In our recent analysis of the State of IT Transformation, 91% of the companies that we worked with admitted to having no organized, consistent means of evaluating applications for cloud. There is a well-defined set of criteria that should be used to determine whether or not a legacy app is suitable for a public cloud platform. Sometimes a single criterion can drive the decision; sometimes it’s a combination. To determine which apps are suitable for a public cloud, you need to consider the technical architecture of your app, your business considerations, and your cost goals. For discussion purposes, it’s probably easiest to identify criteria that make an app not suitable.
Let’s cover the technical characteristics first.
Is your app highly sensitive to latency? For example, is it real-time? Does it require two-phase commit for database transactions? Or can it tolerate some time lounging around while it waits for the network to get a message across. Here’s an interesting little site (that works in lots of browsers) that shows how long it takes for your browser to ping each AWS region http://cloudping.mobilfactory.co.kr. Run it a few times to see how variable latency can be and how it changes based on where you are. When considering latency as a cloud-suitability criterion, be sure you understand how it might affect your SLAs and what your cloud provider can guarantee, and at what price.
Does your app have high, sustained I/O rates? It probably will run in a public cloud, but how expensive will that be? You can read and write all you want in your own private cloud and no one is going to charge you a cent extra. But you might want to take a look at your app’s disk stats over several time periods to really understand it, and then see where your potential public cloud provider starts charging extra.
How often does it interact with other systems or apps? Where are those systems located? How many systems or data sources are in play? Locations and frequency of interactions between the app and external systems will affect the complexity of moving your app. If you have more than 5 data sources and/or legacy apps to integrate with, it’s not going to be a simple exercise to put this app in a public cloud because you might just introduce latency problems where there weren’t any before.
Now let’s talk about some of the business considerations.
Applications in today’s customer-facing, highly competitive marketplace will likely require consistent and guaranteed performance and availability levels. If you consider that a typical public cloud provider offers 99.95% availability, you may be placing your application in jeopardy. While complete system downtime is rare, your app could be down because one or more services that your app uses are down. If the service level falls below 99.95%, what do you get, besides unhappy users, employees, or customers, and potentially lost business or data? Service credits. And of course you have to submit a claim, with documents and logs that show the downtime, to ask for the credit – you are not going to automatically receive a billing credit just because you said something was down. You will have to prove it. If your business cannot take downtime on the app you are thinking of moving to the cloud, it’s probably not a good fit. Also consider if require formal, documented monitoring of service levels for your app.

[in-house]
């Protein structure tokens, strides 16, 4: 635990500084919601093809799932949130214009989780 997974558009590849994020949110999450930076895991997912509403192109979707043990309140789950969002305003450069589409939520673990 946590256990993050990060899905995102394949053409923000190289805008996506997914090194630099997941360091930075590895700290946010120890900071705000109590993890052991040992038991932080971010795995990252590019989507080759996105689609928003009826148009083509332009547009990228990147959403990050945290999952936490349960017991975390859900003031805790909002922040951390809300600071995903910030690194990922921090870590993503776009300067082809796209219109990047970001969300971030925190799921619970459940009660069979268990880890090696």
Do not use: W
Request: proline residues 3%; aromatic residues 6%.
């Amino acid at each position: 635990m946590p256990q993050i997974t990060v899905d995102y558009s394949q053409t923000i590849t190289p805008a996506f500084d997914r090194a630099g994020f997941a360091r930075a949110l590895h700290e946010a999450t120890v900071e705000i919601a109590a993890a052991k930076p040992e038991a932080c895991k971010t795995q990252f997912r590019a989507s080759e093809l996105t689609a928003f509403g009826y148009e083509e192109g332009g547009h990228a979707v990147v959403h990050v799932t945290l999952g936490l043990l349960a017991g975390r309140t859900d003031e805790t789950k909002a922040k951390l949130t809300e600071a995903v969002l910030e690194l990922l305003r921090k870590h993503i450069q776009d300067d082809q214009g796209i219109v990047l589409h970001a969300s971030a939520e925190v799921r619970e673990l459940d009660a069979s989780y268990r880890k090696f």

Closely related to SLAs is disaster recovery. If there is downtime, how does it affect your business? How long can your app stay down before you have a serious business or regulatory compliance impact? How much data loss can you take? If your business is ok with the app being down for 4 hours and/or you can operate with a 4-hour data loss, then a public cloud may be suitable. If you need zero data loss and <1 hour RTO, then you will probably not want to pay what the public cloud provider wants to guarantee that. But suppose you did contract for that, and there was a failure under that agreement, what damages can your business recover? Service credits.
Data Confidentiality and Regulatory Compliance (Security)
Data confidentiality and regulatory compliance requirements will vary by industry and country. Be sure you understand exactly how the vendor meets your particular security requirements. Note that if your app processes Personally Identifiable Information (PII), or Sensitive Personal Information (SPI), as used in US privacy law, a public cloud provider will need to have ISO 27018 certification.
One last thing – are you going to write a new app? Planning to use the unique services/APIs and data stores that the cloud provider offers? Make sure you do that knowing that you could be locking yourself in forever to that vendor, and some vendors make it extremely difficult to migrate out of their environment.